Gate Expectations | Living North

Gate Expectations

Share

Castle Keep, Newcastle
As a £1.67 million heritage project to renew interest in Old Newcastle nears completion, Roz Tuplin meets Project Manager Kate Sussams to talk sieges, slums and celebrity graffiti
‘On closer inspection, I realise that they’re covered with graffiti – names scratched into the wood, mostly dating between the 1920s to the 1940s. Kate points to one in particular, which claims to be written by a George Formby’
The Black Gate, Newcastle
The Black Gate graffiti, Newcastle

It’s Friday lunchtime in Newcastle and I’m at the Black Gate, a medieval fortification close to Newcastle’s Quayside which once formed the entrance to the Castle Keep. If I were standing here in the 13th century, I'd be looking at a defended fortification, and possibly hoisting my sword ready for an attempt to slay the guardsman and take the castle for Scotland.

Thankfully, this is not the case today. I'm here to meet Kate Sussams, Project Manager for the Old Newcastle Project, a major heritage project which aims to redefine the surrounding area, including the Black Gate, Castle Keep and St Nicholas Cathedral, as one unified cultural destination. The area seems to have great potential – having arrived a little early, I notice two separate tourist groups already milling around. An English couple peer at the plaque within the gate’s arch, and four Spanish tourists look around eagerly, as if they're not sure what they're looking for.

If they were to come back in a few months, they’d be much less confused – this summer Kate and her team will be unveiling a brand new museum in the Black Gate, rebranded along with the Castle Keep as Newcastle Castle. Kate is an experienced archeology curator who previously worked at Sutton Hoo in Suffolk, and at Jarrow’s Bede’s World. As we climb a narrow flight of steps to enter the building she explains the thinking behind the project. ‘It’s been recognised that the area between the Quayside development and Northumberland Street is very busy, and the Monument area is really funky, but old Newcastle is actually under-represented, even though this is where the story of the city starts.’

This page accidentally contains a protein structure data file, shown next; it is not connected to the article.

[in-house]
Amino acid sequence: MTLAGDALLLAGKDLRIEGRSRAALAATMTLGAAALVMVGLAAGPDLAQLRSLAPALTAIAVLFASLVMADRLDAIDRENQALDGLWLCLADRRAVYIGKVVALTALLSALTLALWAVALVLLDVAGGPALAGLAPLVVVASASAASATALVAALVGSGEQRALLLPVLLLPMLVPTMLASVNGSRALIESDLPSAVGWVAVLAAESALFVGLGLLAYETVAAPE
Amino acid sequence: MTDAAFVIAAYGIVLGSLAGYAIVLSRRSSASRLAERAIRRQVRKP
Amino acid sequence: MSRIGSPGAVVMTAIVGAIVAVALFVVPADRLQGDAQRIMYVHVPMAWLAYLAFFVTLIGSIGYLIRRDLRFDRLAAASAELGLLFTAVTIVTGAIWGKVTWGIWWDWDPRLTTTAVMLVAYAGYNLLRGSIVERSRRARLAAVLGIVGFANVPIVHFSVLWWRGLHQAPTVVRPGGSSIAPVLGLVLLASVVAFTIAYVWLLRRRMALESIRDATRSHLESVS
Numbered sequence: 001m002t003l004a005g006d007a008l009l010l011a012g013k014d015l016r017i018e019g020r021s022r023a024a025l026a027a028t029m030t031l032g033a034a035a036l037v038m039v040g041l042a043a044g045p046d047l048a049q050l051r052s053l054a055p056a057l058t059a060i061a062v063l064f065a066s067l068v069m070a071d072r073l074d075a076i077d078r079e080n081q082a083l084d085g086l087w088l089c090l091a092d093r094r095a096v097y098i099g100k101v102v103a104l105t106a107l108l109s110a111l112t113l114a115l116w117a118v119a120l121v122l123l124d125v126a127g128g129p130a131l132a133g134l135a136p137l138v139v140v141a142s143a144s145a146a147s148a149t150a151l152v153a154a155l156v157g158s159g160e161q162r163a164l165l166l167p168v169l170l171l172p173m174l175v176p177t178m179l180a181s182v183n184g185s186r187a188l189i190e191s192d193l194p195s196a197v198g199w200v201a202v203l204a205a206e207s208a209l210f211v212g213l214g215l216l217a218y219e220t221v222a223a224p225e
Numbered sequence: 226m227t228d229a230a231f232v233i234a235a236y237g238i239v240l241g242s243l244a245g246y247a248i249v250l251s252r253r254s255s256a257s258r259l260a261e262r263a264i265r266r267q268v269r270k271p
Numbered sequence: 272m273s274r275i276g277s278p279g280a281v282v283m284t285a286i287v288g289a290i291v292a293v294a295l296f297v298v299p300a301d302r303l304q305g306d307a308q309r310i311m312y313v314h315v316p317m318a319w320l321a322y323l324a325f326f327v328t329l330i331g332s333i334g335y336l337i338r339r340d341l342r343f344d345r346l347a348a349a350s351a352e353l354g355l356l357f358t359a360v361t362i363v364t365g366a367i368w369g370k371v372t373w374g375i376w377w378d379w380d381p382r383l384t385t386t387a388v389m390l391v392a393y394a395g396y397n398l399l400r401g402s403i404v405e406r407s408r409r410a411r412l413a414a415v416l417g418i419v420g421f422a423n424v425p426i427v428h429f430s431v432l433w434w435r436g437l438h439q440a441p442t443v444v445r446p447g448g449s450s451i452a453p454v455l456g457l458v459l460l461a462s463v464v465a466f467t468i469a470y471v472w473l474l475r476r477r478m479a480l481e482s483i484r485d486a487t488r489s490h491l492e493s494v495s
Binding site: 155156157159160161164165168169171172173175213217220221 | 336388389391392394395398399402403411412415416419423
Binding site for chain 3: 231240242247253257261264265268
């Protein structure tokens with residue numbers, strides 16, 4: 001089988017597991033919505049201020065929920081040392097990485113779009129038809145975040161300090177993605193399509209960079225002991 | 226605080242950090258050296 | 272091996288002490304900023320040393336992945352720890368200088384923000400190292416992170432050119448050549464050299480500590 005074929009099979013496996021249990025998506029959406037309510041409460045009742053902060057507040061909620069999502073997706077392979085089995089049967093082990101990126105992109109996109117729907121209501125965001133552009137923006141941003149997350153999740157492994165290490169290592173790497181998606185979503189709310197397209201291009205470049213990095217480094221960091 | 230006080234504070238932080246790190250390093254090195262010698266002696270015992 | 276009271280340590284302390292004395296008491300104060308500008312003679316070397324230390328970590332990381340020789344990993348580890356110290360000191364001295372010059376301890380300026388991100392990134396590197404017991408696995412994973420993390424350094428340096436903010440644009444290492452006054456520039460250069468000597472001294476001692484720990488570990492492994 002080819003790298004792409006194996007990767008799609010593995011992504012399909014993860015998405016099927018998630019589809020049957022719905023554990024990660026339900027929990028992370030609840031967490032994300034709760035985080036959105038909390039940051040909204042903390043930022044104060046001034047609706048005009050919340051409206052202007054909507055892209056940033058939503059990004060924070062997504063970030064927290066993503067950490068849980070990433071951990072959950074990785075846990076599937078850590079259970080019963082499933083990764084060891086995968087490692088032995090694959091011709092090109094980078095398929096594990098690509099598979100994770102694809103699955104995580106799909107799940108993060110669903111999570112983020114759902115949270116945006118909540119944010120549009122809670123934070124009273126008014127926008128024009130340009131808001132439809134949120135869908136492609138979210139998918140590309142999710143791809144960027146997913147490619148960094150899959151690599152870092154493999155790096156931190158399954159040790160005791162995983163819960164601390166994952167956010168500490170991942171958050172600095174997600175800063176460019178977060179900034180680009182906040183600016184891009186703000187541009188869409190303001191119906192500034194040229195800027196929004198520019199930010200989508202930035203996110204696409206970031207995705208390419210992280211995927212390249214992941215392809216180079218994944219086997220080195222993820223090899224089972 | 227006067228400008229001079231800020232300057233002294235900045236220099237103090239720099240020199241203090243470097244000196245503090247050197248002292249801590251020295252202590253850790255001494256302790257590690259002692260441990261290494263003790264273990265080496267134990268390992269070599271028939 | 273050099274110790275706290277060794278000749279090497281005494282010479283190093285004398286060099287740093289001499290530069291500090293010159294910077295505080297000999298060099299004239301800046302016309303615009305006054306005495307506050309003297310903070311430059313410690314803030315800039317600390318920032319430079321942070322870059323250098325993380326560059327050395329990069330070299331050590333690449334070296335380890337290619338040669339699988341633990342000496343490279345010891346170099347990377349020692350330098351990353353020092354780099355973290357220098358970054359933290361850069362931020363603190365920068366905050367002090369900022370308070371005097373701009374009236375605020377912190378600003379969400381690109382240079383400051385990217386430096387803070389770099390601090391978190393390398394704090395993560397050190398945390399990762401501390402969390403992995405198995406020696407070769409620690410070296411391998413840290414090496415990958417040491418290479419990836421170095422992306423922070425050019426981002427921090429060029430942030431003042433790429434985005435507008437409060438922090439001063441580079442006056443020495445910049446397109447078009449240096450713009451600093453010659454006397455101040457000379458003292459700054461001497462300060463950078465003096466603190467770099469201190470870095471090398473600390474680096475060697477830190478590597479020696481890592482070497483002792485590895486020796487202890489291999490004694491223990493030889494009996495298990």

We arrive in the first floor room that will soon be the reception area, which is more spacious inside than you'd expect. There’s nothing much in it yet, but with a sudden, well-timed burst of sunlight pouring through the windows, you can picture its potential. Kate explains that the building we’re in would have been vital to protecting the medieval city from invasion. ‘With the Border Wars and different English kings trying to maintain power against the Scots, it was a really key defence,’ explains Kate.

Cast all images of bustling medieval courtyards from your mind though, because the most interesting phase of the Gate's story is yet to come. In the 17th century, an enterprising property developer, Alexander Stephenson, started building homes here. ‘It became a town within a town,’ Kate says. ‘But it was still a royal stronghold so all the regulation on merchant activity in the town didn’t apply here. It was a bit earthy.' She smiles. 'I call it the Bigg Market before the Bigg Market.'

The atmosphere of merriment would have been somewhat broken midway through the century when Civil War broke out. In the run up to the war, it’s likely that the several taverns in the area would have been alive with discussion of the issues of crown and state, and when the Scots descended on the city 370 years ago in the eight-month Siege of Newcastle, the Black Gate was the last royalist defence before the city was stormed in October 1644. For two days, the last royalists huddled in the castle keep as Parliamentarian forces swept in from the west.

By the mid-19th century the area was developing a reputation for wine and wenches, and looking down onto the courtyard from the first floor balcony you can imagine the bustle of tradesmen flogging their wares and the stench of beer. ‘By the 1840s you have Irish refugees in the town, fleeing the potato famine, and they tended to settle at the castle,' says Kate. 'So you have hardened Geordie drinkers with hardened Irish drinkers.’ 

This represents a bit of a contrast with our usual mental image of Georgian Newcastle – the lofty elegance of Grainger Town, the refinement of the Literary and Philosophical society. By 1856, there was a proposal to demolish the ‘great nuisance’ building, which was by then essentially a slum, until the Society of Antiquaries saved it, leasing it in 1883 and converting it into a museum, which was open until the late 1950s. The society now operates at the other end of town, at the Great North Museum: Hancock, but Old Newcastle Project will be borrowing artefacts from their collections for the new exhibitions. ‘It’s a real irony that actually what we’re now doing is going back to the Antiquaries 130 years later and saying, "Can we borrow some stuff?"'